Victorian Architecture History

March 25, 2018
Allandale house, photo by

Though new technology drove innovation in Victorian architecture, nostalgia was its keynote. Past eras were plundered for inspiration.

Both watered-down Regency Classicism and the Greek Revival continued after Victoria came to the throne, but as her long reign wore on a battle of the styles developed. The Gothic Revival had a powerful grip on the imaginations of architects between 1855 and 1885. That still left room for a bewildering array of other borrowings from the past. Perhaps national pride encouraged an admiration for the architecture of previous periods of national confidence: Elizabethan, Jacobean and Scottish Baronial. Meanwhile Italianate Romanesque was one of the styles encouraged by John Ruskin's influential works (see sources below).

Britain had led the industrial revolution. The Great Exhibition of 1851 displayed the end products in a showcase which was itself a triumph of 19th-century engineering. The Crystal Palace designed by Sir Joseph Paxton was lavish with Victorian innovations - iron-frame construction, sheet glass, and integral heating. Its use of prefabrication and standardisation was a pointer to the future.

This vision of the machine age produced a backlash. The Arts and Crafts Movement, triggered by John Ruskin and William Morris, promoted the revival of traditional building crafts and the use of local materials in emulation of vernacular architecture. Richard Norman Shaw (1831-1912) was a brilliant exponent of the approach, producing a series of influential country houses in the 'Old English' style and then developing the 'Queen Anne' style for town and country. He was followed by the even more admired Sir Edwin Lutyens (1869-1944).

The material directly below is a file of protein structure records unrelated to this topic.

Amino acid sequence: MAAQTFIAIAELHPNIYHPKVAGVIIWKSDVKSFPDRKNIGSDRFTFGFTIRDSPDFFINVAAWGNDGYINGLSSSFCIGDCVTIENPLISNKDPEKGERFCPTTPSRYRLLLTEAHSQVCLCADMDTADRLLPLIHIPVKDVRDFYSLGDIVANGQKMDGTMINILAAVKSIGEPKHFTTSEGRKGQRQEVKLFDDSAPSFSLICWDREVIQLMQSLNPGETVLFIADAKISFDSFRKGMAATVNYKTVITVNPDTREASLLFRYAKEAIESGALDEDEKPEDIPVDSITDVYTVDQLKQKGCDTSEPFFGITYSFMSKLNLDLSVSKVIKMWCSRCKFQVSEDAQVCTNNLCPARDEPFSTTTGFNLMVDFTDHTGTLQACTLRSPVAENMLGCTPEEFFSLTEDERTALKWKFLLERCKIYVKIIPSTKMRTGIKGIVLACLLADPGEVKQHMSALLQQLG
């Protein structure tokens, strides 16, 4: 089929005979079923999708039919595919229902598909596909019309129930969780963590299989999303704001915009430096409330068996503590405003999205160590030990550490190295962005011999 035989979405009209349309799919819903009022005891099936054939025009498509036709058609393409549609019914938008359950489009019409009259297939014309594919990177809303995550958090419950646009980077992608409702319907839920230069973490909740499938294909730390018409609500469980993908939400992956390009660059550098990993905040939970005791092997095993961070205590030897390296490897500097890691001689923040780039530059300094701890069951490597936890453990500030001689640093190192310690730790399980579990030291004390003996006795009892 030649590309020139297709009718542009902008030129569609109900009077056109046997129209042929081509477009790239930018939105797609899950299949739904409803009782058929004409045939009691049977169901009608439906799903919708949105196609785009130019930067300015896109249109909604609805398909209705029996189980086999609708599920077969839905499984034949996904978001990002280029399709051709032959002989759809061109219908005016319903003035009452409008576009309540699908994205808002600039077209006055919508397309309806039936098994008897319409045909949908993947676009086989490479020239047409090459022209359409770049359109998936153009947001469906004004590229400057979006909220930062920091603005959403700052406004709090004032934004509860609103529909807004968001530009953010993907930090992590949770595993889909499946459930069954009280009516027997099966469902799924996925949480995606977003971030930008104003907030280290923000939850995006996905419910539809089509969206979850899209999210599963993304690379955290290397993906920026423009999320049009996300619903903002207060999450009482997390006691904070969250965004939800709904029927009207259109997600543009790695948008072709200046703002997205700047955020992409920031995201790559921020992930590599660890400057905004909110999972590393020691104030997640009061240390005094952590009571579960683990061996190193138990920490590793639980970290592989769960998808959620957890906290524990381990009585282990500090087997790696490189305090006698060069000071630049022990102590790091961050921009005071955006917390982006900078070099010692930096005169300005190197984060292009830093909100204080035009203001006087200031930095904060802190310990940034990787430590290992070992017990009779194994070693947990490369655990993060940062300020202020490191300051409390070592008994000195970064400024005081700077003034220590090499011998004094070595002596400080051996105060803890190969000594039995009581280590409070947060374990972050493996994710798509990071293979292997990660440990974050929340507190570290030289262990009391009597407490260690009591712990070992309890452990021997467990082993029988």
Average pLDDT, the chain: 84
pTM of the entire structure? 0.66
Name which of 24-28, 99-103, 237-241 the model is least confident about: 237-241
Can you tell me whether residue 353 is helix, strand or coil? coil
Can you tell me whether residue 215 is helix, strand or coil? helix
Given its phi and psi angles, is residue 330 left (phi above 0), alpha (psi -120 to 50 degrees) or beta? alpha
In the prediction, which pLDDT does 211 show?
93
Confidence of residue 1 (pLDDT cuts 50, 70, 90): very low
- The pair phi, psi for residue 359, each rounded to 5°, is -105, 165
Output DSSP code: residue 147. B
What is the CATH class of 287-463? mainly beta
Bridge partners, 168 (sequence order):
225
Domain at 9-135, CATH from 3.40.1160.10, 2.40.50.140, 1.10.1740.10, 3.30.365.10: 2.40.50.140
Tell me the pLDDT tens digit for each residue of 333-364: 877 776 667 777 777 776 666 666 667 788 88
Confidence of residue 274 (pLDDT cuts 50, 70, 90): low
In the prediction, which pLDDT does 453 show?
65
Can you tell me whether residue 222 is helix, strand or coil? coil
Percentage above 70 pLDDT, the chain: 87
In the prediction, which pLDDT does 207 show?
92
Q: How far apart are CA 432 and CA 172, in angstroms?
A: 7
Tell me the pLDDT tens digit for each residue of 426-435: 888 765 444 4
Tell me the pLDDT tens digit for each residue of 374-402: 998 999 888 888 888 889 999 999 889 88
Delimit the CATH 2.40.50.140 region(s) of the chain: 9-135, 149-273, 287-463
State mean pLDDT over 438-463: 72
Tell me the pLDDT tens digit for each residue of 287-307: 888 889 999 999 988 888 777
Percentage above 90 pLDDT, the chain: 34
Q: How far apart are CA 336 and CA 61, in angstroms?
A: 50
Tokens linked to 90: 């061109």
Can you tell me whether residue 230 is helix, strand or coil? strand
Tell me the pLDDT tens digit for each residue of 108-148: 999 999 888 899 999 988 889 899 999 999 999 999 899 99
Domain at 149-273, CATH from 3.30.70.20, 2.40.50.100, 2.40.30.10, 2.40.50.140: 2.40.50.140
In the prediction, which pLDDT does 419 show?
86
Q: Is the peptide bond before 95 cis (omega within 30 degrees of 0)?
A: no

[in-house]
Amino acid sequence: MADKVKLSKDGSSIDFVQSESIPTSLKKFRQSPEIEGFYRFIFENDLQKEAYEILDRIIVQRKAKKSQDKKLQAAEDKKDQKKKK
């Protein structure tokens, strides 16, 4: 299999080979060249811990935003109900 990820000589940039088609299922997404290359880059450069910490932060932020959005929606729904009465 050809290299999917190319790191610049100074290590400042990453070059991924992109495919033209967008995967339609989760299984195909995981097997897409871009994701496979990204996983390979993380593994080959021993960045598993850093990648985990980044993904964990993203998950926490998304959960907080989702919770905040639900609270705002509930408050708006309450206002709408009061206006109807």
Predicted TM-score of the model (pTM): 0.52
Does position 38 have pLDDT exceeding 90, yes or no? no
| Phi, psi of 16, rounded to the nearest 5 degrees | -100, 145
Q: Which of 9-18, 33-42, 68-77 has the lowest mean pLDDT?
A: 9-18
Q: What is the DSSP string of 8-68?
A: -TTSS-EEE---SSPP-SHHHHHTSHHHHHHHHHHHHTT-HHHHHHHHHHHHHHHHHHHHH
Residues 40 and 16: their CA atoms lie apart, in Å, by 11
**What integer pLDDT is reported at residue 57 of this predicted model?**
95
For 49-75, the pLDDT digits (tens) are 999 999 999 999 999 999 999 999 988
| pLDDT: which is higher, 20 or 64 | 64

Guides

  • Avery, D., Victorian and Edwardian Architecture (2003). The helpful index acts as a list of architects of the period and the buildings they designed.
  • BBC, Period Style: Victorian gives details of interiors.
  • Brodie, A., Felstead, A., Franklin, J., Pinfield, L. and Oldfield, J., Directory of British Architects 1834-1914 (RIBA 2001). The definitive biographical reference tool for the Victorian and Edwardian periods, based on material in the British Architectural Library and elsewhere.
  • Dixon, R. and Muthesius, S., Victorian Architecture (1976).
  • Girouard, M., Sweetness and Light: The Queen Anne Movement, 1860-1900 (1977).
  • Girouard, M., The Victorian Country House (1971).
  • Orbach, J., Victorian Architecture in Britain (1987).
  • Osband, L., Victorian House Style: An architectural and interior design sourcebook (1991).
  • Wedd, K., The Victorian House (The Victorian Society 2000).
  • Yorke, T., The Victorian House Explained (2005).

Primary Sources

  • The Builder (1843- ). See the online index.
  • The Building News (1855-). See the online index.
  • Ruskin, John, The Seven Lamps of Architecture (1849).
  • Ruskin, John, The Stones of Venice (1851-3).
See also:
  • The golden slot is a celebration of eggs, not of eating them
Source: www.buildinghistory.org
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